Loan Life Coverage Ratio (LLCR)

This reflects the ability of the project to cover debt service over the entire period of loan. The LLCR enables an appraiser to understand that even if debt is not repaid in one period it could be recovered over the remaining life of the loan.

LLCR= NPV of Available Cashflow For Debt Service over the Debt Period / Total Debt

Notes:
The discount rate used in calculating the NPV is that of the average interest rates of the financial debts.

The period over which the NPV is calculated, is the length of the financing cycle, in other words the duration of the total loan period.

Although, technically a LLCR greater than 1 times means that the loan can be recovered. However, it is seldom that all assumptions hold good in real life. Therefore, private investors and lenders would need to keep a margin over and above. It is generally considered good to capital structure a project which will enable a LLCR above 1.7 times. However, there is no single rule for an optimum ratio.

Project Life Coverage Ratio (PLCR)

This reflects the ability of the project to cover debt service over the entire duration of project. The PLCR enables an appraiser to understand that even if debt is not repaid by the time the loan agreement expires then subsequent cash flows will be used to pay it off.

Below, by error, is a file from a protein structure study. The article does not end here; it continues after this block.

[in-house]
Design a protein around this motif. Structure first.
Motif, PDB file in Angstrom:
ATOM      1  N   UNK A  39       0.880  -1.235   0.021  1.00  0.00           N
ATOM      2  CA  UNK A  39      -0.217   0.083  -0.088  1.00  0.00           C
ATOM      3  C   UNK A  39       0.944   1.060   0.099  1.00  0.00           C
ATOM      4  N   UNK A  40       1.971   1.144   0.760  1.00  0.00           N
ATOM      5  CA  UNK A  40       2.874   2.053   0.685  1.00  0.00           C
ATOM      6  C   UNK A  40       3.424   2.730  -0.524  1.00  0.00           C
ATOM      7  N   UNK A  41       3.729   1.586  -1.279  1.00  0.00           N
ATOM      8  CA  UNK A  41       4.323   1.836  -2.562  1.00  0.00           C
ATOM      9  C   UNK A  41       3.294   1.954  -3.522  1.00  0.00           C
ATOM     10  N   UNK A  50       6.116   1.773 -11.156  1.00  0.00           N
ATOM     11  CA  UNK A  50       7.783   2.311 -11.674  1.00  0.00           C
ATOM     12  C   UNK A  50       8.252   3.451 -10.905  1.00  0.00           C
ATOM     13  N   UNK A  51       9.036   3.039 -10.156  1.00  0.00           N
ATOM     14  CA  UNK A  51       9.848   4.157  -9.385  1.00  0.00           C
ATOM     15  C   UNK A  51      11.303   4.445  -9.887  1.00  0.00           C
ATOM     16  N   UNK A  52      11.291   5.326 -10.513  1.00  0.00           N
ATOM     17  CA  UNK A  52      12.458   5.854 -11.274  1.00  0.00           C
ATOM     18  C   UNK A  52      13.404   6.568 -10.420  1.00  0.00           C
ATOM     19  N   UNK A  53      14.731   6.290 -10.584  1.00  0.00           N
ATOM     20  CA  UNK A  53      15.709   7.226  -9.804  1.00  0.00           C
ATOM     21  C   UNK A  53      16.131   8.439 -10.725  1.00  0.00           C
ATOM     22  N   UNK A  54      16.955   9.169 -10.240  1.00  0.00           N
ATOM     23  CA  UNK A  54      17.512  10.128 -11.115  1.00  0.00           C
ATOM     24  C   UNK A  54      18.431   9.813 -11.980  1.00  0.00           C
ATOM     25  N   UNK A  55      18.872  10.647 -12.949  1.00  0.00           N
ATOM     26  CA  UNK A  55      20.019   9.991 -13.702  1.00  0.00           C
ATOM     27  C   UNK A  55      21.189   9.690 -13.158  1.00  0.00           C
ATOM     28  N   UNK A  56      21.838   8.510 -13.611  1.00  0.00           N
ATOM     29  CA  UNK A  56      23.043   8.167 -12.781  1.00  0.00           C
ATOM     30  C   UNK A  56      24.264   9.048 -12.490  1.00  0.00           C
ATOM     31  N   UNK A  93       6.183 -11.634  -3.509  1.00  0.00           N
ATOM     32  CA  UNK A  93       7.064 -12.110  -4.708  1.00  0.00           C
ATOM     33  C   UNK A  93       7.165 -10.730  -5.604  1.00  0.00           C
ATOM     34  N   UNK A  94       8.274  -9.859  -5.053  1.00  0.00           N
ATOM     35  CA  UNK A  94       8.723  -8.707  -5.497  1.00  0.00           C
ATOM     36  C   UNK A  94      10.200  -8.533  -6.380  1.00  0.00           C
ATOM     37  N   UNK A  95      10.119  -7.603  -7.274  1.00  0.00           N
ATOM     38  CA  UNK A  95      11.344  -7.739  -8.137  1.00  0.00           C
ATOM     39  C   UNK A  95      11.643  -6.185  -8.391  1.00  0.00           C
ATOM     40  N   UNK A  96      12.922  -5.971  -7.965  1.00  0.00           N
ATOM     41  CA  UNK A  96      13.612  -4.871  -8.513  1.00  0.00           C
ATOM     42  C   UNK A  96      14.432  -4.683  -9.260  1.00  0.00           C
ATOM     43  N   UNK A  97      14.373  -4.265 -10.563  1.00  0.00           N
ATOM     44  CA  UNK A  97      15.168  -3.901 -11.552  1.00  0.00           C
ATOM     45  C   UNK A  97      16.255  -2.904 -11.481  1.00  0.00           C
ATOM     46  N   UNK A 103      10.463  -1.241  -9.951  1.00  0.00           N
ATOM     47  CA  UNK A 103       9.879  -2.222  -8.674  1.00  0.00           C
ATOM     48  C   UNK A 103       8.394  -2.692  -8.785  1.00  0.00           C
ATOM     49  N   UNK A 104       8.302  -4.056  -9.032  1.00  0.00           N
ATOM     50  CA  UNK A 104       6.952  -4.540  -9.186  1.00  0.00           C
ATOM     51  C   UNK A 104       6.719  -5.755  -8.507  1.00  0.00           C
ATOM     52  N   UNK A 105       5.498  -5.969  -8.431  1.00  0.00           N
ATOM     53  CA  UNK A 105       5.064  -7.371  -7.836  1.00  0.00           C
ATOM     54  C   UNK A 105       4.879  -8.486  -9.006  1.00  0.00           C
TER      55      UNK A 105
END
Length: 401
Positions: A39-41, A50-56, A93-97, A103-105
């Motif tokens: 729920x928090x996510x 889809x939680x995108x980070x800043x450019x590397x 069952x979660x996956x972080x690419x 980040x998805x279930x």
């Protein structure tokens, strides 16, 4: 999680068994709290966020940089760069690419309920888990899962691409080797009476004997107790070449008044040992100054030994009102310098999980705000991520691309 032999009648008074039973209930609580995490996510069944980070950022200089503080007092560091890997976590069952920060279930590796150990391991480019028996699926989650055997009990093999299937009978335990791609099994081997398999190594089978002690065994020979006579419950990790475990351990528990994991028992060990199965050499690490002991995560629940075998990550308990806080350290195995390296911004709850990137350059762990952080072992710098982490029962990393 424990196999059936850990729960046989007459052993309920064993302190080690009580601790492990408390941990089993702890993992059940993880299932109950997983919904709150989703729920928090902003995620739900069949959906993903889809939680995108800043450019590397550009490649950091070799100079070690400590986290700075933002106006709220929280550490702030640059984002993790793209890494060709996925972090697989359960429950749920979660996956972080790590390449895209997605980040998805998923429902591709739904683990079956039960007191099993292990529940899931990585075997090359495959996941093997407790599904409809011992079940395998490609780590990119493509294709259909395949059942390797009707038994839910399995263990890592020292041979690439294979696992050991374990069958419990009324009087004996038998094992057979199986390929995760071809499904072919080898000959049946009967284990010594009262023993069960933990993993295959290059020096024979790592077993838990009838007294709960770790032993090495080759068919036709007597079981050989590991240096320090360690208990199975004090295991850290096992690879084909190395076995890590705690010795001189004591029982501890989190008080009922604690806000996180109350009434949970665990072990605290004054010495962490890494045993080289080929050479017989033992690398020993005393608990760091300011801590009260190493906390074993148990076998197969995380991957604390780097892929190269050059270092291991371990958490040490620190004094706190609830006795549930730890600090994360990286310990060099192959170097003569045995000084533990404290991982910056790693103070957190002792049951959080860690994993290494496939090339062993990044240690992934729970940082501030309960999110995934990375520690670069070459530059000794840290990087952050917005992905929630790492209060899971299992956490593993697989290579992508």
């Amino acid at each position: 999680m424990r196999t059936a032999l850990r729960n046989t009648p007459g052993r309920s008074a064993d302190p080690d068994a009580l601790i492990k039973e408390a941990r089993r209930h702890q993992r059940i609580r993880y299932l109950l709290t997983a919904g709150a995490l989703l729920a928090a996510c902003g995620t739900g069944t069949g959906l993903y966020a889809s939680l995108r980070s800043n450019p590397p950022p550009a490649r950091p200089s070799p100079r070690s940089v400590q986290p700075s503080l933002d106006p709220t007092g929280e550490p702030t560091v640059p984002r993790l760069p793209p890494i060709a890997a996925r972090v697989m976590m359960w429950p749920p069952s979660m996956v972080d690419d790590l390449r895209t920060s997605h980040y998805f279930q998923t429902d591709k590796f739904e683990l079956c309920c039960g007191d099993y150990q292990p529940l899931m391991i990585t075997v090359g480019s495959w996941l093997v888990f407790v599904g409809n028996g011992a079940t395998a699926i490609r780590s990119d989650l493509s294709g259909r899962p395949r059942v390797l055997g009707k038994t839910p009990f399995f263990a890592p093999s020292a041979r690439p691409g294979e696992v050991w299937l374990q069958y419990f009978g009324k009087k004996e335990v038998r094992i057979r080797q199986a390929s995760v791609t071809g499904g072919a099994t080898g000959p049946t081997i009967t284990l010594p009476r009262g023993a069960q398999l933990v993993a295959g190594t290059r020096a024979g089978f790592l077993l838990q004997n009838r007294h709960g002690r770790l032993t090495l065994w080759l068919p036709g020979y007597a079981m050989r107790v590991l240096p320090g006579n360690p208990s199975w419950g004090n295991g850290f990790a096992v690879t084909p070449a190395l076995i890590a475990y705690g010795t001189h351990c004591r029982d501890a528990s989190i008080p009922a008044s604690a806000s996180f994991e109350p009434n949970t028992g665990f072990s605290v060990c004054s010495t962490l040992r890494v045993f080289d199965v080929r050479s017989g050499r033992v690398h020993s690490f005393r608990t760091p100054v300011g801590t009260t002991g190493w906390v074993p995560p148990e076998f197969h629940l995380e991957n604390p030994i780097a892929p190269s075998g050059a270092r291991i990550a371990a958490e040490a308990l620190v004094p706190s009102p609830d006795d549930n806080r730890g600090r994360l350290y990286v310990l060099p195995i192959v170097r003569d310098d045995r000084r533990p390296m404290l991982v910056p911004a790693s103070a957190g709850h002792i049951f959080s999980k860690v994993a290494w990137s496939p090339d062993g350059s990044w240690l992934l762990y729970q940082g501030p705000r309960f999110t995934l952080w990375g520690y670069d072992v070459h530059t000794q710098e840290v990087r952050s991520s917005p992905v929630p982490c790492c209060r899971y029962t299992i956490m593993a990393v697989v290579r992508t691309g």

PLCR= NPV of Available Cashflow For Debt Service over the Project Period ÷  Total Debt

Notes:
The discount rate used in calculating the NPV is that of the average interest rates of the financial debts.

The period over which the NPV is calculated, is the entire life of the project, in other words the duration of the total project period.

Although, technically a PLCR greater than 1 times means that the loan can be recovered. However, it is seldom that all assumptions hold good in real life. Therefore, private investors and lenders would need to keep a margin over and above. It is generally considered good to capital structure a project which will enable a PLCR above 1.7 times. However, there is no single rule for an optimum ratio.